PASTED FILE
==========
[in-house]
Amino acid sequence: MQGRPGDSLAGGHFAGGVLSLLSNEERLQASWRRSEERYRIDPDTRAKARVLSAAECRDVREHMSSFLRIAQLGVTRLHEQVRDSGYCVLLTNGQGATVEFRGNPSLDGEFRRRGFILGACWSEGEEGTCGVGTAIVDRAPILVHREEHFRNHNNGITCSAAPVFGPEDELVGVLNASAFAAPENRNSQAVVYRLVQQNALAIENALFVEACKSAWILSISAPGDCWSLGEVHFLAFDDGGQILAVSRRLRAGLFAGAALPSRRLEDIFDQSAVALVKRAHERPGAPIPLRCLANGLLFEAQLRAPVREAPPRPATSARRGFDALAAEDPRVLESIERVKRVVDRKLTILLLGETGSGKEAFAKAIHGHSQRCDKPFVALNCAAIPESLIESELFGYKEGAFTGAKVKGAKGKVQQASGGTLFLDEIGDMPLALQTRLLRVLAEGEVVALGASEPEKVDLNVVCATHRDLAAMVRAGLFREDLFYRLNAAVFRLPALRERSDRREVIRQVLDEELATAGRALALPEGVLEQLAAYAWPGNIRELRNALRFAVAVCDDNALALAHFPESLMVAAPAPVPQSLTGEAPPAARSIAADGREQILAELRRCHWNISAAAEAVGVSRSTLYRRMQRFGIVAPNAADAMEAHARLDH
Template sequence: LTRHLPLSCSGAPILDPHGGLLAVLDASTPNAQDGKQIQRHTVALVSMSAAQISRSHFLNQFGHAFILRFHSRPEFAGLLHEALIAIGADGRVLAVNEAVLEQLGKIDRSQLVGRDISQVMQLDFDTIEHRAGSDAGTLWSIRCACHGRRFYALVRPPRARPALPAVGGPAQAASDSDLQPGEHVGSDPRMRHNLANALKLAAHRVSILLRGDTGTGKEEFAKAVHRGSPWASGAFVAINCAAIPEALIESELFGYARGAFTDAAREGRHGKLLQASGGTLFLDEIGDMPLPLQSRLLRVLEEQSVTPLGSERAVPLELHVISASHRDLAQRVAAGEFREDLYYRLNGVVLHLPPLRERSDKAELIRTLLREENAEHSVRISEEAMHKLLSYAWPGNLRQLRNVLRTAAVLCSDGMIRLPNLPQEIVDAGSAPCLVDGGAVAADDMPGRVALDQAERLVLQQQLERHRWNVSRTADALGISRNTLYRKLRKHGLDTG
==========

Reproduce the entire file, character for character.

[in-house]
Amino acid sequence: MQGRPGDSLAGGHFAGGVLSLLSNEERLQASWRRSEERYRIDPDTRAKARVLSAAECRDVREHMSSFLRIAQLGVTRLHEQVRDSGYCVLLTNGQGATVEFRGNPSLDGEFRRRGFILGACWSEGEEGTCGVGTAIVDRAPILVHREEHFRNHNNGITCSAAPVFGPEDELVGVLNASAFAAPENRNSQAVVYRLVQQNALAIENALFVEACKSAWILSISAPGDCWSLGEVHFLAFDDGGQILAVSRRLRAGLFAGAALPSRRLEDIFDQSAVALVKRAHERPGAPIPLRCLANGLLFEAQLRAPVREAPPRPATSARRGFDALAAEDPRVLESIERVKRVVDRKLTILLLGETGSGKEAFAKAIHGHSQRCDKPFVALNCAAIPESLIESELFGYKEGAFTGAKVKGAKGKVQQASGGTLFLDEIGDMPLALQTRLLRVLAEGEVVALGASEPEKVDLNVVCATHRDLAAMVRAGLFREDLFYRLNAAVFRLPALRERSDRREVIRQVLDEELATAGRALALPEGVLEQLAAYAWPGNIRELRNALRFAVAVCDDNALALAHFPESLMVAAPAPVPQSLTGEAPPAARSIAADGREQILAELRRCHWNISAAAEAVGVSRSTLYRRMQRFGIVAPNAADAMEAHARLDH
Template sequence: LTRHLPLSCSGAPILDPHGGLLAVLDASTPNAQDGKQIQRHTVALVSMSAAQISRSHFLNQFGHAFILRFHSRPEFAGLLHEALIAIGADGRVLAVNEAVLEQLGKIDRSQLVGRDISQVMQLDFDTIEHRAGSDAGTLWSIRCACHGRRFYALVRPPRARPALPAVGGPAQAASDSDLQPGEHVGSDPRMRHNLANALKLAAHRVSILLRGDTGTGKEEFAKAVHRGSPWASGAFVAINCAAIPEALIESELFGYARGAFTDAAREGRHGKLLQASGGTLFLDEIGDMPLPLQSRLLRVLEEQSVTPLGSERAVPLELHVISASHRDLAQRVAAGEFREDLYYRLNGVVLHLPPLRERSDKAELIRTLLREENAEHSVRISEEAMHKLLSYAWPGNLRQLRNVLRTAAVLCSDGMIRLPNLPQEIVDAGSAPCLVDGGAVAADDMPGRVALDQAERLVLQQQLERHRWNVSRTADALGISRNTLYRKLRKHGLDTG